A brief overview on the BioPAX and SBML standards for formal presentation of complex biological knowledge

Source: arXiv


A brief informal overview on the BioPAX and SBML standards for formal
presentation of complex biological knowledge.

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Available from: Leo Lahti, Sep 30, 2015
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    ABSTRACT: in a few weeks by a single graduate student with access to DNA samples and associated phenotypes, an Internet connection to the public genome databases, a thermal cycler and a DNA-sequencing machine. With the recent publication of a draft sequence of the mouse genome,, identification of the mutations underlying a vast number of interesting mouse phenotypes has simi-larly been greatly simplified. Comparison of the human and mouse sequences shows that the proportion of the In contemplating a vision for the futureof genomicsresearch,itisappropri-ate to consider the remarkable path that has brought us here. The rollfold (Figure 1) shows a timeline of land-mark accomplishments in genetics and genomics, beginning with Gregor Mendel's discovery of the laws of heredity, and their rediscovery in the early days of the twentiethcentury. Recognitionof DNAasthe hereditary material,, determination of its structure,, elucidation of the genetic code,, development of recombinant DNA tech-nologies,,and establishment of increasingly automatable methods for DNA sequen-cing,-,set the stage for the Human Genome Project (HGP) to begin in 1990 (see also www. nature. com/nature/DNA50). Thanks to the vision of the original planners, and the creativity and determination of a legion of talented scientists who decided to make this project their overarching focus, all of the initial objectives of the HGP have now
    Nature 05/2003; 422(6934):835-47. DOI:10.1038/nature01626 · 41.46 Impact Factor
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    ABSTRACT: We present a system, QPACA (Quantitative Pathway Analysis in Cancer) for analysis of biological data in the context of pathways. QPACA supports data visualization and both fine- and coarse-grained specifications, but, more importantly, addresses the problems of pathway recognition and pathway augmentation. Given a set of genes hypothesized to be part of a pathway or a coordinated process, QPACA is able to reliably distinguish true pathways from non-pathways using microarray expression data. Relying on the observation that only some of the experiments within a dataset are relevant to a specific biochemical pathway, QPACA automates selection of this subset using an optimization procedure. We present data on all human and yeast pathways found in the KEGG pathway database. In 117 out of 191 cases (61%), QPACA was able to correctly identify these positive cases as bona fide pathways with p-values measured using rigorous permutation analysis. Success in recognizing pathways was dependent on pathway size, with the largest quartile of pathways yielding 83% success. In cross-validation tests of pathway membership prediction, QPACA was able to yield enrichments for predicted pathway genes over random genes at rates of 2-fold or better the majority of the time, with rates of 10-fold or better 10-20% of the time. The software is available for academic research use free of charge by email request. Data used in the paper may be downloaded from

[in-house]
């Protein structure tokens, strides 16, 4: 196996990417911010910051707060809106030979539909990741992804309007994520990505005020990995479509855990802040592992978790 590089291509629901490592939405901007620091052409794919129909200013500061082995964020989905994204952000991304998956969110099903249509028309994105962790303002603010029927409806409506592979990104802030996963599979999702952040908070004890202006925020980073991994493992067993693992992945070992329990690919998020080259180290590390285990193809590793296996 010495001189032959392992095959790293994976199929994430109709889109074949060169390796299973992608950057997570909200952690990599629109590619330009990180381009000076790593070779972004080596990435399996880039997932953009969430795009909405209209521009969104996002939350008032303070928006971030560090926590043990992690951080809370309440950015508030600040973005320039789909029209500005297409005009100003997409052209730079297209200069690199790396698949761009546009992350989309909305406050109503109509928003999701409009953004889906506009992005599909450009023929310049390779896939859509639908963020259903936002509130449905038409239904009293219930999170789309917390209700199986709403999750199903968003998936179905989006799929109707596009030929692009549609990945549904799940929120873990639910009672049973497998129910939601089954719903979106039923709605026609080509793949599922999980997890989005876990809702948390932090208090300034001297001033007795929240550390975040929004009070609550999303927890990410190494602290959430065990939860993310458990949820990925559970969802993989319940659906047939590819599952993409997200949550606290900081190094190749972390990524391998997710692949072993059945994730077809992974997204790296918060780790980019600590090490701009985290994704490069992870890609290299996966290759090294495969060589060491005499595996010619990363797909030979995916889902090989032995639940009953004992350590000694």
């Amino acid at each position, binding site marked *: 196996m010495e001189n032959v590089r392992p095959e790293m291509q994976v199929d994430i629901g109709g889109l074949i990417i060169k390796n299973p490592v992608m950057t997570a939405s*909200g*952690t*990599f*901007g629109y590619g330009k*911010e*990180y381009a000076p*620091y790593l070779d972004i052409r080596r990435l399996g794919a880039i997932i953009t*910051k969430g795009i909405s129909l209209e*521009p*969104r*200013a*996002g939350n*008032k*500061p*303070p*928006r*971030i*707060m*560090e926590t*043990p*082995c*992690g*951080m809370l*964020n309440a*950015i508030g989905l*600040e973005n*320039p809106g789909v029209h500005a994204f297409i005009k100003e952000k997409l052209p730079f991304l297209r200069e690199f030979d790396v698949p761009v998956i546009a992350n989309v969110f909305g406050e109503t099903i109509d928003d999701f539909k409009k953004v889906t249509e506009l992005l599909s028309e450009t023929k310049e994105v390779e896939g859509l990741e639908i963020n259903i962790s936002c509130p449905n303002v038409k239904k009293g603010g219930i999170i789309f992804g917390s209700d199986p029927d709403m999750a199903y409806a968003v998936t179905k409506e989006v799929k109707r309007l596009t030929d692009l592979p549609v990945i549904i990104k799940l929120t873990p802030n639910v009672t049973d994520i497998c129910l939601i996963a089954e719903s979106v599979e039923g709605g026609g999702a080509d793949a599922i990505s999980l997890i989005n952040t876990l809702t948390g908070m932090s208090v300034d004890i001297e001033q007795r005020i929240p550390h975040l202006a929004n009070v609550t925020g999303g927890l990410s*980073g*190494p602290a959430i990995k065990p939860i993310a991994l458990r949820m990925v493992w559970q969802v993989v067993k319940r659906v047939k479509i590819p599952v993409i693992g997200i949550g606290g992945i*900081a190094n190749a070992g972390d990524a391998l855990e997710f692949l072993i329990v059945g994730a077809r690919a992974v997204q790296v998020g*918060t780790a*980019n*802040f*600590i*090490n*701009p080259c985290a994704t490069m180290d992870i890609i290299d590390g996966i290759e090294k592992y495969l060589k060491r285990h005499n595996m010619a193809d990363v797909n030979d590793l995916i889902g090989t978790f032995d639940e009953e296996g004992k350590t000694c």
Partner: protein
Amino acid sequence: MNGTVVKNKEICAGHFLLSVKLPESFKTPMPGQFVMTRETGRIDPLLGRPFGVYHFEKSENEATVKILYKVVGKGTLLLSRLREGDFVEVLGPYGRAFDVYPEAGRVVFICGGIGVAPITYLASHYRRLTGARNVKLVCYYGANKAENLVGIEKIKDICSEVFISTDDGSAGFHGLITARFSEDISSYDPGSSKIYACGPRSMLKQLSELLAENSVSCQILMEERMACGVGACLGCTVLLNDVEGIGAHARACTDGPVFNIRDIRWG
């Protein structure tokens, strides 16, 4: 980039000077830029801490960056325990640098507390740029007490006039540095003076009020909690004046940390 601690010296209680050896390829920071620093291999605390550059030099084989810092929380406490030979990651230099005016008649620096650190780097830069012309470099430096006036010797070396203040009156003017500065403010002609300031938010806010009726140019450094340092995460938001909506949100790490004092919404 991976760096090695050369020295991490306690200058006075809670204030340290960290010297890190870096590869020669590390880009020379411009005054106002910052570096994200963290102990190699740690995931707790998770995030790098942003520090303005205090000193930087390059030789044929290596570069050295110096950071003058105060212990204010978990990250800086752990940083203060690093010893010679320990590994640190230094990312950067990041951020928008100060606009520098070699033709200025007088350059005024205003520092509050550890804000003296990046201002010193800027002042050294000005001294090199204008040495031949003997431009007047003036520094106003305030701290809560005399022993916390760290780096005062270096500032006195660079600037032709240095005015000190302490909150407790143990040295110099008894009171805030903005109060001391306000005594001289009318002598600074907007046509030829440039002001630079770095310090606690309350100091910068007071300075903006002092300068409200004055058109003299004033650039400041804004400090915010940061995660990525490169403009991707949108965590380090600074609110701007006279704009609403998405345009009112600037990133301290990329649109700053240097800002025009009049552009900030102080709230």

Bioinformatics 02/2006; 22(2):233-41. DOI:10.1093/bioinformatics/bti764 · 4.98 Impact Factor
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    ABSTRACT: A major goal of proteomics is the complete description of the protein interaction network underlying cell physiology. A large number of small scale and, more recently, large-scale experiments have contributed to expanding our understanding of the nature of the interaction network. However, the necessary data integration across experiments is currently hampered by the fragmentation of publicly available protein interaction data, which exists in different formats in databases, on authors' websites or sometimes only in print publications. Here, we propose a community standard data model for the representation and exchange of protein interaction data. This data model has been jointly developed by members of the Proteomics Standards Initiative (PSI), a work group of the Human Proteome Organization (HUPO), and is supported by major protein interaction data providers, in particular the Biomolecular Interaction Network Database (BIND), Cellzome (Heidelberg, Germany), the Database of Interacting Proteins (DIP), Dana Farber Cancer Institute (Boston, MA, USA), the Human Protein Reference Database (HPRD), Hybrigenics (Paris, France), the European Bioinformatics Institute's (EMBL-EBI, Hinxton, UK) IntAct, the Molecular Interactions (MINT, Rome, Italy) database, the Protein-Protein Interaction Database (PPID, Edinburgh, UK) and the Search Tool for the Retrieval of Interacting Genes/Proteins (STRING, EMBL, Heidelberg, Germany).
    Nature Biotechnology 03/2004; 22(2):177-83. DOI:10.1038/nbt926 · 41.51 Impact Factor